Outlook 2019 study shows they’re expecting business to be good, but confidence has tumbled since last year
Canadian manufacturers are optimistic about their prospects in 2019, but significantly less confident than last year as concern mounts that Trump administration policies and other disruptive factors will affect their businesses, according to a new survey of senior manufacturing executives.
PLANT Magazine’s Manufacturers’ Outlook 2019 study shows 39 per cent of senior company executives are very optimistic about the coming year, compared to 44 per cent last year. The survey took into account 501 replies from senior manufacturing executives.
They’re either very or somewhat concerned about what’s going on in America. US protectionism is very worrying to 65 per cent of executives compared to 54 per cent last year, followed by US protectionism (65%), US President Donald Trump’s impact on nation-to-nation relationships (61%) and changes resulting from the NAFTA renegotiation (56%).
“Canadian manufacturing has been booming, but there are storm clouds on the horizon and that’s eroding Canadian CEOs confidence in 2019,” said Jeff Brownlee, publisher of PLANT Magazine, which commissioned the survey.
How are companies staying ahead of the risks? Two-thirds (66%) are conducting assessments, 29 per cent regularly and 37 per cent sometimes. Regulatory change leads the list of concerns for 41 per cent of those surveyed.
“It is true the world is changing fast, and in today’s exciting but uncertain times, PLANT Magazine’s annual Manufacturers’ Outlook survey has never been more significant,” noted Rob Riecken, National Leader, Manufacturing & Distribution for Grant Thornton LLP, which partnered in the survey. “Manufacturers’ Outlook 2019 provides Canada’s manufacturing businesses with material that will help them to brave uncharted waters. We firmly believe these businesses have the ability to adapt to this new era, and in new innovative ways.”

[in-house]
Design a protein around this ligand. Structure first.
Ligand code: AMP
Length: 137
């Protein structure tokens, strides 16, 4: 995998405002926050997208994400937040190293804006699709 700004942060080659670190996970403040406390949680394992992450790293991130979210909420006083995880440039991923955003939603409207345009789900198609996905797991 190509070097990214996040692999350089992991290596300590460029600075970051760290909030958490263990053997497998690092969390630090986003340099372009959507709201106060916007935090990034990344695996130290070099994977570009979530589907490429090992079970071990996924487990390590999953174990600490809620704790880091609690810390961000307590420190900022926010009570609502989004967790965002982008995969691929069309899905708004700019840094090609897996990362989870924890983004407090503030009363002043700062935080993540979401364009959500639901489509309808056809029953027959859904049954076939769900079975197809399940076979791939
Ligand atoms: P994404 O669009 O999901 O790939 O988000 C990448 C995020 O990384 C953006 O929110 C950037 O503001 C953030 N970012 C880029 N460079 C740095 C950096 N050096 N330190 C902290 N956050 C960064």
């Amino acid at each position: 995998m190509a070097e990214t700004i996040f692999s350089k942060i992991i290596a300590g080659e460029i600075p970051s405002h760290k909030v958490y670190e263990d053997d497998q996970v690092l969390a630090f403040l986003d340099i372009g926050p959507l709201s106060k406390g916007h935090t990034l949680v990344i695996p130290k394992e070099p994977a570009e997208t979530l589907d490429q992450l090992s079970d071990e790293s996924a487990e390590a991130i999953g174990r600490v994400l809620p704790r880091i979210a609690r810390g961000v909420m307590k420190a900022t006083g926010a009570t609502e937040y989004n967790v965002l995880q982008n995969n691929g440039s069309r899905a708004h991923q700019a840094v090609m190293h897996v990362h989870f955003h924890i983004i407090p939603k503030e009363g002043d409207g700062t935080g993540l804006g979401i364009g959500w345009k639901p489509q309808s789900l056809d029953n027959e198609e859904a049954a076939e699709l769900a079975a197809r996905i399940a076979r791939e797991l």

The survey found that, despite their concerns, manufacturers are demonstrating their confidence with plans to make significant investments in their businesses. Top choices for investment over the next three years are machinery, equipment and technology (75% of respondents) and training (63%). Average investment is expected to be more than $1.7 million.
More than half of the senior executives (55%) expect sales to increase (an average 12%); 60 per cent predict orders will increase (13%) but costs will also increase (9%). Of those surveyed, expectations are that pricing will rise for 54 per cent, — averaging 8 per cent increase — while 35 per cent also see profits rising (11%).
Controlling costs tops the list of challenges for 65 per cent of respondents, followed by pressures on prices (61%) and filling skills needs/management talent (46%).
The 2019 survey also added questions about corporate culture – the values, beliefs and attitudes that characterize a company and guide its practices – as part of a formal business strategy. Most companies (28%) include a formal program and/or policies, 24 per cent have an informal program in place and 23 per cent are working on it, while 26 per cent aren’t doing anything.
Other highlights from the survey:
- Sixty-seven per cent of companies report most revenue comes from Canada, the US (23%), Europe (2.9%), Mexico (1.9%) and China (1.3%).
- Companies entering new markets over the next three years are favouring the US (29%), Canada (26%) and Mexico (13%).
- 48 per cent of executives cite a growing risk of cyber attacks aimed at industrial targets as a medium concern. More than half (57%) haven’t experienced an intrusion but 21 per cent were attacked within the last year. Sixty-two per cent cite phishing as the most common breach.
- Fifty-seven per cent of respondents are focusing products, processes (56%) and technologies (47%).
- The average innovation spend for 2019 will be 3.6 per cent of revenue but 49 per cent do not intend to take advantage of the SR&ED federal tax credit for investment in research.
- Most of the surveyed companies (66%) fall into the small business category (under 100 employees); 23 per cent are medium-sized (under 500); and 11 per cent are large (500 or more).